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Concerns surround wellness programs' rising use of biometric tests

Some worry screening will lead to over-testing, over-treating

More and more workplace wellness programs are asking company employees to undergo so-called biometrics or blood tests that screen for a variety of risk factors from high cholesterol levels to high blood sugars.

But some experts wonder if that practice is leading to over-testing and over-treating of patients, which is actually helping drive up the cost of healthcare, according to a report by Kaiser Health News. The increasing focus on biometrics has some people asking if the screening exams will improve people's health by uncovering health problems or lead to unwelcome results.

The problem is when workplace programs require all employees to undergo the same one-size-fits-all package of tests regardless of their age and risk factors, according to KHN. That kind of screening poses some risks since the tests can result in a false positive--indicating a problem where none exists--or a false negative, which could incorrectly lead a person to believe there is no health risk. It can also result in people taking unneeded medications.

For example, medical groups differ on the best age to start cholesterol screening and the frequency of that testing. Statins, used to lower heart attack risk for people with high cholesterol levels, are not without side effects in some patients. Also, broad-brush testing for blood glucose levels, which could indicate diabetes, is not recommended by medical societies for younger people or those without risk factors.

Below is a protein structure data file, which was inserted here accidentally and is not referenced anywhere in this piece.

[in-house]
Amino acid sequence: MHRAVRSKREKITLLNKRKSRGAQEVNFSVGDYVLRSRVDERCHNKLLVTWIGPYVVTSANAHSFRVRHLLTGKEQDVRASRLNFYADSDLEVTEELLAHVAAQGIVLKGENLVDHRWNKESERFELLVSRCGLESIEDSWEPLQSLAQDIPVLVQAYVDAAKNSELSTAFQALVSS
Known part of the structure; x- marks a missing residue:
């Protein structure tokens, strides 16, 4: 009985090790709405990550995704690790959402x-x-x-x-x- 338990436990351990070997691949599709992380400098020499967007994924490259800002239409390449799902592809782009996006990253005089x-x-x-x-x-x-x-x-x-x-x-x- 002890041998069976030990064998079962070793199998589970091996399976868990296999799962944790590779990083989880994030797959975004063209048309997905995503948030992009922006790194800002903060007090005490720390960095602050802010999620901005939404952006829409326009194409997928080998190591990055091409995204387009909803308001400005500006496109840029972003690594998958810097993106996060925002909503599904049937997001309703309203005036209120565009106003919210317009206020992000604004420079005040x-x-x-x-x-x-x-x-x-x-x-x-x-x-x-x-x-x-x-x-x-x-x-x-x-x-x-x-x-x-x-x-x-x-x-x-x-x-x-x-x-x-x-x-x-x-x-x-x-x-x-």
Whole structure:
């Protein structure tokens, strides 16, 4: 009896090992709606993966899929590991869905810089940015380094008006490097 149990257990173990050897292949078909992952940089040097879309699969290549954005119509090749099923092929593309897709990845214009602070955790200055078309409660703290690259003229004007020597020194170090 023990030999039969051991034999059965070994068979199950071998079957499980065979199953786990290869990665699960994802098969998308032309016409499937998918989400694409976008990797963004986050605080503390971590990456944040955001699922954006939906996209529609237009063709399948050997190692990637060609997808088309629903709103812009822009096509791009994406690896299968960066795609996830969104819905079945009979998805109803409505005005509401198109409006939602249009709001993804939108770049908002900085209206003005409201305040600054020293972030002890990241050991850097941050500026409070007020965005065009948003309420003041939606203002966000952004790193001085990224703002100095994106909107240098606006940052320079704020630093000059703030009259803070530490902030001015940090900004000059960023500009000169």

However, proponents of wellness programs say they provide people with information they can share with their physicians. "The hope is that the program will get people to proactively see their physicians to manage their health risks," Jim Pshock, president and CEO of Bravo Wellness, which runs wellness programs for employers, told KHN. "Yes, this will, hopefully, mean more prescription drug utilization and office visits, but fewer heart attacks and cancers and strokes."

As workplace wellness programs become more common, controversy continues. Some employees are wary of sharing their personal health information, afraid it will be used by their employer. And some experts question the effectiveness of these programs, particularly when it comes to achieving weight loss goals for employees who participate.

To learn more:
- read the report

Related Articles:  
Privacy concerns arise when wellness programs share data with vendors
Doubts surround effectiveness of wellness plans aimed at weight loss
Many employees not aware of workplace wellness programs
Employees still wary to share personal information for wellness programs
Wellness program success: Help consumers, don't penalize them [Special Report]